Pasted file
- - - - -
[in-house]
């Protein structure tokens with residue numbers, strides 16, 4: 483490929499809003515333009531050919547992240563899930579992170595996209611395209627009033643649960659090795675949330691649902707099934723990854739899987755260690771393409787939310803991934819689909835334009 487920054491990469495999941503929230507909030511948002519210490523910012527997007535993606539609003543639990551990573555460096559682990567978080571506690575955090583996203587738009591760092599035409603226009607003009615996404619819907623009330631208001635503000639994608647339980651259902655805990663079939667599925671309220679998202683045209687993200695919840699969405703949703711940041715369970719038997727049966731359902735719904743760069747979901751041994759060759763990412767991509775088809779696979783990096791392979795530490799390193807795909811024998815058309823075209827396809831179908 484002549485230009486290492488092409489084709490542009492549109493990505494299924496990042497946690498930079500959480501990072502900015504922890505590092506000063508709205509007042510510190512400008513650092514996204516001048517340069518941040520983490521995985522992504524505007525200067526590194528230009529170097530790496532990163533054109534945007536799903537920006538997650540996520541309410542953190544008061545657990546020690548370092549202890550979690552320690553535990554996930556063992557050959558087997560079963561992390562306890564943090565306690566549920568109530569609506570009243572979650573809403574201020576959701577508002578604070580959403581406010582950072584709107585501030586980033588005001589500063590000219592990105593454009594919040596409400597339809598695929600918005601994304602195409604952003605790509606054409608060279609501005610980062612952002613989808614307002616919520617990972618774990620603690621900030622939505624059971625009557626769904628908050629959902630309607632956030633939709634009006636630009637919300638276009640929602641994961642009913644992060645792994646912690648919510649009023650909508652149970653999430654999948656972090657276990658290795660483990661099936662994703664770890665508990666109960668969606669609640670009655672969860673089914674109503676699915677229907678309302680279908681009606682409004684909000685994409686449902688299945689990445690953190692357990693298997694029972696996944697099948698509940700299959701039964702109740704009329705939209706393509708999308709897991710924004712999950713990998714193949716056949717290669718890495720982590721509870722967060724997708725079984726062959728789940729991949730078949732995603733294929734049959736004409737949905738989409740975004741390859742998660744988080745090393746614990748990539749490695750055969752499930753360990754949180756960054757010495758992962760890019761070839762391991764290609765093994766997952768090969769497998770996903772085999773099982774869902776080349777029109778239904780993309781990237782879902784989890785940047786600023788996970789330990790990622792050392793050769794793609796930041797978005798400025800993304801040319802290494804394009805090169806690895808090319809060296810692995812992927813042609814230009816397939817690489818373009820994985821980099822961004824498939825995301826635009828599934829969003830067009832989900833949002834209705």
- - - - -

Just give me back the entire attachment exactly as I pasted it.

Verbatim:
[in-house]
């Protein structure tokens with residue numbers, strides 16, 4: 483490929499809003515333009531050919547992240563899930579992170595996209611395209627009033643649960659090795675949330691649902707099934723990854739899987755260690771393409787939310803991934819689909835334009 487920054491990469495999941503929230507909030511948002519210490523910012527997007535993606539609003543639990551990573555460096559682990567978080571506690575955090583996203587738009591760092599035409603226009607003009615996404619819907623009330631208001635503000639994608647339980651259902655805990663079939667599925671309220679998202683045209687993200695919840699969405703949703711940041715369970719038997727049966731359902735719904743760069747979901751041994759060759763990412767991509775088809779696979783990096791392979795530490799390193807795909811024998815058309823075209827396809831179908 484002549485230009486290492488092409489084709490542009492549109493990505494299924496990042497946690498930079500959480501990072502900015504922890505590092506000063508709205509007042510510190512400008513650092514996204516001048517340069518941040520983490521995985522992504524505007525200067526590194528230009529170097530790496532990163533054109534945007536799903537920006538997650540996520541309410542953190544008061545657990546020690548370092549202890550979690552320690553535990554996930556063992557050959558087997560079963561992390562306890564943090565306690566549920568109530569609506570009243572979650573809403574201020576959701577508002578604070580959403581406010582950072584709107585501030586980033588005001589500063590000219592990105593454009594919040596409400597339809598695929600918005601994304602195409604952003605790509606054409608060279609501005610980062612952002613989808614307002616919520617990972618774990620603690621900030622939505624059971625009557626769904628908050629959902630309607632956030633939709634009006636630009637919300638276009640929602641994961642009913644992060645792994646912690648919510649009023650909508652149970653999430654999948656972090657276990658290795660483990661099936662994703664770890665508990666109960668969606669609640670009655672969860673089914674109503676699915677229907678309302680279908681009606682409004684909000685994409686449902688299945689990445690953190692357990693298997694029972696996944697099948698509940700299959701039964702109740704009329705939209706393509708999308709897991710924004712999950713990998714193949716056949717290669718890495720982590721509870722967060724997708725079984726062959728789940729991949730078949732995603733294929734049959736004409737949905738989409740975004741390859742998660744988080745090393746614990748990539749490695750055969752499930753360990754949180756960054757010495758992962760890019761070839762391991764290609765093994766997952768090969769497998770996903772085999773099982774869902776080349777029109778239904780993309781990237782879902784989890785940047786600023788996970789330990790990622792050392793050769794793609796930041797978005798400025800993304801040319802290494804394009805090169806690895808090319809060296810692995812992927813042609814230009816397939817690489818373009820994985821980099822961004824498939825995301826635009828599934829969003830067009832989900833949002834209705």